Heat will also damage these photographs, so store them in an area that is kept below 75° Fahrenheit. At a minimum, avoid storage areas that often have extreme temperature fluctuations, like an attic.

A final preservation tip is to avoid touching the image when handling. Even freshly washed hands have oils that transfer to any object you hold or touch. The oil residue will cause damage. Wear nitrile gloves when handling the photographs. Never touch the image and hold the photograph by the edges.

Avoid handling with bare hands or touching the image to keep oils from transferring to the photo. 
Photo: Michel Jarmoluk. Pixabay.

Despite the ubiquity of digital photographs in the 21st century, it is important to appreciate that the history of photography is rich with analog materials. We can still find physical photographs everywhere, including those from the 19th century. Whether in a family album, hanging on a wall, or in the collections of archives like the Alabama Department of Archives and History (ADAH), physical photographs are still very much a part of our world, our identities, and our history. With any luck, this blog has helped equip you to better appreciate the iconoclastic breakthroughs of these early printing techniques.

ADAH Records Management Archivist, Hannah Marshall Bawden wrote this blog with contributions from Records Management Archivist, Charles Busby.

References and Resources

The American Museum of Photography. “A Brief History of Carte De Visite” Accessed May 9, 2022. https://www.photographymuseum.com/histsw.htm

Crawford, William. The Keepers of Light- A History & Working Guide to Early Photographic Processes. Accessed March 23, 2022. https://archive.org/details/aa147-TheKeepersOfLight

The Daguerreian Society

Fleury, Simon. “Positive Negative” Victoria and Albert Museum Conservation Journal, Spring 2012 Issue 60. http://www.vam.ac.uk/content/journals/conservation-journal/spring-2012-issue-60/positive-negative/

The George Eastman Museum. Photographic Processes Series Accessed March 24, 2022. https://www.youtube.com/playlist?list=PLH_FfjHEuvR5U0Ur8rB35fezQ1yZkShMk

Gawain Weaver Art Conservation. “Photographic Processes” Accessed March 23, 2022.

Harding, Colin. “How to Spot a Ferrotype, also known as a Tintype.” The National Science and Media Museum, May 2013. https://blog.scienceandmediamuseum.org.uk/find-out-when-a-photo-was-taken-identify-ferrotype-tintype/

Harding, Colin. “How to Spot a Collodion Positive also known as an Ambrotype.” The National Science and Media Museum, April 2013. https://blog.scienceandmediamuseum.org.uk/find-out-when-a-photo-was-taken-identify-collodion-positive-ambrotype/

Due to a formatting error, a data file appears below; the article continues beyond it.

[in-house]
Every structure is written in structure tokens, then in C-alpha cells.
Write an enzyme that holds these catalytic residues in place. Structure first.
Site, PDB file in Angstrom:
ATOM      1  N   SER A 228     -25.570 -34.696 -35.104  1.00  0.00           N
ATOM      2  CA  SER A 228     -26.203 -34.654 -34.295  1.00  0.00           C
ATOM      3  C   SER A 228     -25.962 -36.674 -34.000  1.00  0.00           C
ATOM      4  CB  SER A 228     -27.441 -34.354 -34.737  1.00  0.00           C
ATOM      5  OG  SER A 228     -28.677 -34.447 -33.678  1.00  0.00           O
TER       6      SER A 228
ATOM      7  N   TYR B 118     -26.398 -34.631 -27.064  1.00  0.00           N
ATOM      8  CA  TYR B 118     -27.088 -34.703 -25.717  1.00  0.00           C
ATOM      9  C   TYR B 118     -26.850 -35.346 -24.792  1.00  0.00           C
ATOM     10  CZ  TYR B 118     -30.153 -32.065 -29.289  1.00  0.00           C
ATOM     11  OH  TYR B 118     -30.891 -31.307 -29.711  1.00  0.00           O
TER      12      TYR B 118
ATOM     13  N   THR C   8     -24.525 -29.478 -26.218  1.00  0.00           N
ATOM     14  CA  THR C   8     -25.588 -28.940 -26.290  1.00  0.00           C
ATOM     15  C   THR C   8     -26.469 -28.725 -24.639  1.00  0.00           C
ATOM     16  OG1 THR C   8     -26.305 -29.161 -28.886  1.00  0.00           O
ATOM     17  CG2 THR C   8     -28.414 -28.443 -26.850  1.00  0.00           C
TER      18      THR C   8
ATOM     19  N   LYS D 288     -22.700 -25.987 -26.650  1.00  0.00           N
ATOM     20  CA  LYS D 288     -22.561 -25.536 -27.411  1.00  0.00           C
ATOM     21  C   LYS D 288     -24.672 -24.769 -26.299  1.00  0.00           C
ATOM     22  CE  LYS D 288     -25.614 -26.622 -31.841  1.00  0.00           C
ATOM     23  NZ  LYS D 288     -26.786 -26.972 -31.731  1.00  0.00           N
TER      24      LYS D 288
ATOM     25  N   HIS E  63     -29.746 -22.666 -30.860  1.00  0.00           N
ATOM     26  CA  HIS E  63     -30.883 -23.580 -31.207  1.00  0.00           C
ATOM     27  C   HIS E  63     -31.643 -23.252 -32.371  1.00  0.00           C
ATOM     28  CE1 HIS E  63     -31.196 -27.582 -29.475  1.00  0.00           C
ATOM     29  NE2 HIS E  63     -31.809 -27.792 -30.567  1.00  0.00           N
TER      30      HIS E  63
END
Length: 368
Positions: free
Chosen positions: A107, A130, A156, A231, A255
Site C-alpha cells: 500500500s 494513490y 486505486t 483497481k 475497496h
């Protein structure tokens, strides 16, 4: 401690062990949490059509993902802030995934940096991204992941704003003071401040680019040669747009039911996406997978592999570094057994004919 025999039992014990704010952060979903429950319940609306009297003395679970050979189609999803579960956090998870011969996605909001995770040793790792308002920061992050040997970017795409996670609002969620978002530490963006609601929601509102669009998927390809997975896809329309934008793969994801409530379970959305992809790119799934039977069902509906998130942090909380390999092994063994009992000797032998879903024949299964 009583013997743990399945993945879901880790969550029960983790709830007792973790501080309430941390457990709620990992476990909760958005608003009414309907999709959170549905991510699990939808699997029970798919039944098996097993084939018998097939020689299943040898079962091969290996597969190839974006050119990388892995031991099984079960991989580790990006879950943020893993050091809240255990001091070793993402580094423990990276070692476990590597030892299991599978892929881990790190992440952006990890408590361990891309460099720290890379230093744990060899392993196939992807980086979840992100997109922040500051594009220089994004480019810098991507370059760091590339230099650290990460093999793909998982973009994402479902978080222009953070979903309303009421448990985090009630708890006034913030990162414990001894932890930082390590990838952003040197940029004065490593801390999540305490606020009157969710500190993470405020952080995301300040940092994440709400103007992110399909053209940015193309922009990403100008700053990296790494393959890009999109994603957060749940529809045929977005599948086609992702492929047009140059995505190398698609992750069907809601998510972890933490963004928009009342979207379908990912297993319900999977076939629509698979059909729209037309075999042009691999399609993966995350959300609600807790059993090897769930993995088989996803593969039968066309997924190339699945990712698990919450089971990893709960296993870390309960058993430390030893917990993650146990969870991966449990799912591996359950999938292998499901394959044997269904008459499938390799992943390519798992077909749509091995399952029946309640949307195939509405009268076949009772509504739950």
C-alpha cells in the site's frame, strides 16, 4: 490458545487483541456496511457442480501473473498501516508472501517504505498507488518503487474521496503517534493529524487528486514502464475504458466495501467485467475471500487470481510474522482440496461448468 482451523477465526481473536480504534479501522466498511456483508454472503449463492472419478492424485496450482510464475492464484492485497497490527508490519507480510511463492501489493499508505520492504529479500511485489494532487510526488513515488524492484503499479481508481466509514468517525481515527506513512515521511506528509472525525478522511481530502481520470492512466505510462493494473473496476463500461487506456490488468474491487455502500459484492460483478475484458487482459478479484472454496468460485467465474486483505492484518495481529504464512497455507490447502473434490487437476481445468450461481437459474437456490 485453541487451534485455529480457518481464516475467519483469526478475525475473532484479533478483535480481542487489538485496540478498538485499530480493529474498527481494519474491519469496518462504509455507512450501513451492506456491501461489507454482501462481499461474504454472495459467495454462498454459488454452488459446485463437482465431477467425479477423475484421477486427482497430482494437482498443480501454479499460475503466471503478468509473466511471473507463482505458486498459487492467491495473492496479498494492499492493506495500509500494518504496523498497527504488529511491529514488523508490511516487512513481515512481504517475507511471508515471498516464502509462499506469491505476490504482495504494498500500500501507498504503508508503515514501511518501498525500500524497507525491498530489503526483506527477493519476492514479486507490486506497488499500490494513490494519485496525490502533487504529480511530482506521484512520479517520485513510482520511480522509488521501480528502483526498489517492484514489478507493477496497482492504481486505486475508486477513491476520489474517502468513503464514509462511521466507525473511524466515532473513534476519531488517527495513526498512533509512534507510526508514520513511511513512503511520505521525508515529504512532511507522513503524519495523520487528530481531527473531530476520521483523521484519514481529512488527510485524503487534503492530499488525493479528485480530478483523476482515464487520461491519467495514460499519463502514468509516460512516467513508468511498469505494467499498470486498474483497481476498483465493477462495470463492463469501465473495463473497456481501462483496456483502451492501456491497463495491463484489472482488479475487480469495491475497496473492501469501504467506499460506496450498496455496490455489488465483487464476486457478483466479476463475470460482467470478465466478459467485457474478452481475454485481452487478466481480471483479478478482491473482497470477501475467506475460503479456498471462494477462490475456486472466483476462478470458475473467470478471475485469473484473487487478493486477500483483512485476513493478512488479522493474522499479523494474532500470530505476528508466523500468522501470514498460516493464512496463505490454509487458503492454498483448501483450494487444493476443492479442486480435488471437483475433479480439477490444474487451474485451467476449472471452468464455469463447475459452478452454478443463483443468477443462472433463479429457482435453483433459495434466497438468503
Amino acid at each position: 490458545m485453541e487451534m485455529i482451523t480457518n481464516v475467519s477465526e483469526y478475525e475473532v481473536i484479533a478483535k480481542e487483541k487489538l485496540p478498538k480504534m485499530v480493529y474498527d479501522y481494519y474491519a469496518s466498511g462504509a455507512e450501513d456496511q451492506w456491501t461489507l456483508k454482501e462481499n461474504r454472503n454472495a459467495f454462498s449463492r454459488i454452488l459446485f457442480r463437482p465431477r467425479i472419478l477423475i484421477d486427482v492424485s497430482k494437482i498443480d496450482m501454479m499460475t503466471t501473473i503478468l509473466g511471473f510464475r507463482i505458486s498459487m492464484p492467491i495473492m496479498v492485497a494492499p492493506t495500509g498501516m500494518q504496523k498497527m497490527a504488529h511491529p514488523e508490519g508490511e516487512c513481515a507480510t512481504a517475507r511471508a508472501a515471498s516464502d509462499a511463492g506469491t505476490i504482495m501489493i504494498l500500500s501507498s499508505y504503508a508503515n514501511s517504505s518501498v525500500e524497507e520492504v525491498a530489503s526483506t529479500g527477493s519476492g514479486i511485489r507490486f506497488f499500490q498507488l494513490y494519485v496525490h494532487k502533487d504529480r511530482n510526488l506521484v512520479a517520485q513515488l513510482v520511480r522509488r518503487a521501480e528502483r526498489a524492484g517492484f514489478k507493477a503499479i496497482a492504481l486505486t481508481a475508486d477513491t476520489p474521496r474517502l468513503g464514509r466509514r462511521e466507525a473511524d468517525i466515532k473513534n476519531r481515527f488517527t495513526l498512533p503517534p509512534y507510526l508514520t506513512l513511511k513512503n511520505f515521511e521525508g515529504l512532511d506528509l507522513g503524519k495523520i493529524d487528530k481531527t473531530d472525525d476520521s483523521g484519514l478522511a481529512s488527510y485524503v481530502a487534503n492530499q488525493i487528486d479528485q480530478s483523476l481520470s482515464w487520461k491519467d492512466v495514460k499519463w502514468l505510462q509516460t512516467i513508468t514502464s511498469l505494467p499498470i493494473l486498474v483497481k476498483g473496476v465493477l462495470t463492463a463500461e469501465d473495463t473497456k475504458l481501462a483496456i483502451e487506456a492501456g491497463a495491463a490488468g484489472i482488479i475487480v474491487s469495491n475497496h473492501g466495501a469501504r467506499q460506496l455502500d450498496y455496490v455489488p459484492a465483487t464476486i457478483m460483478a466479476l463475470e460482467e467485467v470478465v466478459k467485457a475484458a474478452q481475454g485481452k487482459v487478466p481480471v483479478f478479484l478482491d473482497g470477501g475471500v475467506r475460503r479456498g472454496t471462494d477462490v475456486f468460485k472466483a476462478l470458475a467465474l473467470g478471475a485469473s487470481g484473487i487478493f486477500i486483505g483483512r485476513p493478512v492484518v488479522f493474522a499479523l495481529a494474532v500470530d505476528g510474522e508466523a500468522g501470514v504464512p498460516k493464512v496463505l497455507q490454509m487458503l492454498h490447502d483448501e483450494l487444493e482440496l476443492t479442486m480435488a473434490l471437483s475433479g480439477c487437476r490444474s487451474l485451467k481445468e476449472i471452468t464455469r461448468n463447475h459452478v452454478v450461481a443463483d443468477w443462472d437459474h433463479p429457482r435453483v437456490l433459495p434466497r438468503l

The Historic New Orleans Collection. “From Daguerreotype to Digital” Accessed April 3, 2022. https://www.hnoc.org/virtual/from_daguerreotype_to_digital

Image Permanence Institute. “Graphic Atlas” http://www.graphicsatlas.org/

Lavedrine, Bertand. A Guide to the Preventive Conservation of Photograph Collections. Getty Publications. https://www.getty.edu/publications/virtuallibrary/9780892367016.html

The Library of Congress. “The Daguerreotype Medium” Accessed February 12, 2022. https://www.loc.gov/collections/daguerreotypes/articles-and-essays/the-daguerreotype-medium/

McNamara, Robert. Wet Plate Collodion Photography. Civil War Era Photography Was Complicated but Could Yield Remarkable Results.” ThoughtCo, August 2018. https://www.thoughtco.com/wet-plate-collodion-photography-1773356#:~:text=The%20wet%20plate%20collodion%20process,was%20a%20fairly%20complicated%20procedure.

National Archives and Records Administration, The Unwritten Record. “19th Century Photographic Processes and Formats.” Accessed April 3, 2022. https://unwritten-record.blogs.archives.gov/2020/05/14/19th-century-photographic-processes-and-formats/\

National Archives and Records Administration, The Unwritten Record. “Visual Cues and Clues” blog series. Accessed April 3, 2022. https://unwritten-record.blogs.archives.gov/?s=%22Visual+Cues%22

Newhall, Beaumont. The History of Photography 1839 to the Present. The Museum of Modern Art. 2010.

The Nicéphore Niépce House. “Niépce and the Invention of Photography” Accessed May 10, 2022. https://photo-museum.org/niepce-invention-photography/#:~:text=The%20first%20world%20negative%20(non,a%20view%20from%20a%20window%20.

Northeast Document Conservation Center. “Photographs” Accessed March 23, 2022. https://www.nedcc.org/free-resources/preservation-leaflets/5.-photographs/5.2-types-of-photographs

Oregon State University. “Early Photographic Formats in the Special Collections and Archives Research Center. Accessed April 15, 2022. https://guides.library.oregonstate.edu/earlyphotoformats/home

South Street Seaport Museum. Martina Caruso. “Hidden Gems: Glass Plate Negatives” Accessed March 23, 2022. https://southstreetseaportmuseum.org/hidden-gems-glass-plate-negatives/

Stulik, Dusan and Art Kaplan. The Atlas of Analytical Signatures of Photographic Processes. The Getty Conservation Institutive 2013.  https://www.getty.edu/conservation/publications_resources/pdf_publications/atlas.html

University of Illinois at Urbana-Champaign. Preservation Self-Assessment Program Collection ID Guide. Accessed May 10,2022. https://psap.library.illinois.edu/collection-id-guide

University of Calgary Archives and Special Collections. “Historical Photographs and their Processes” Accessed May 10, 2022. https://asc.ucalgary.ca/photohistory/

Western Illinois Museum. “Tintypes” Accessed May 6, 2022. http://www.wimuseum.org/tintypes/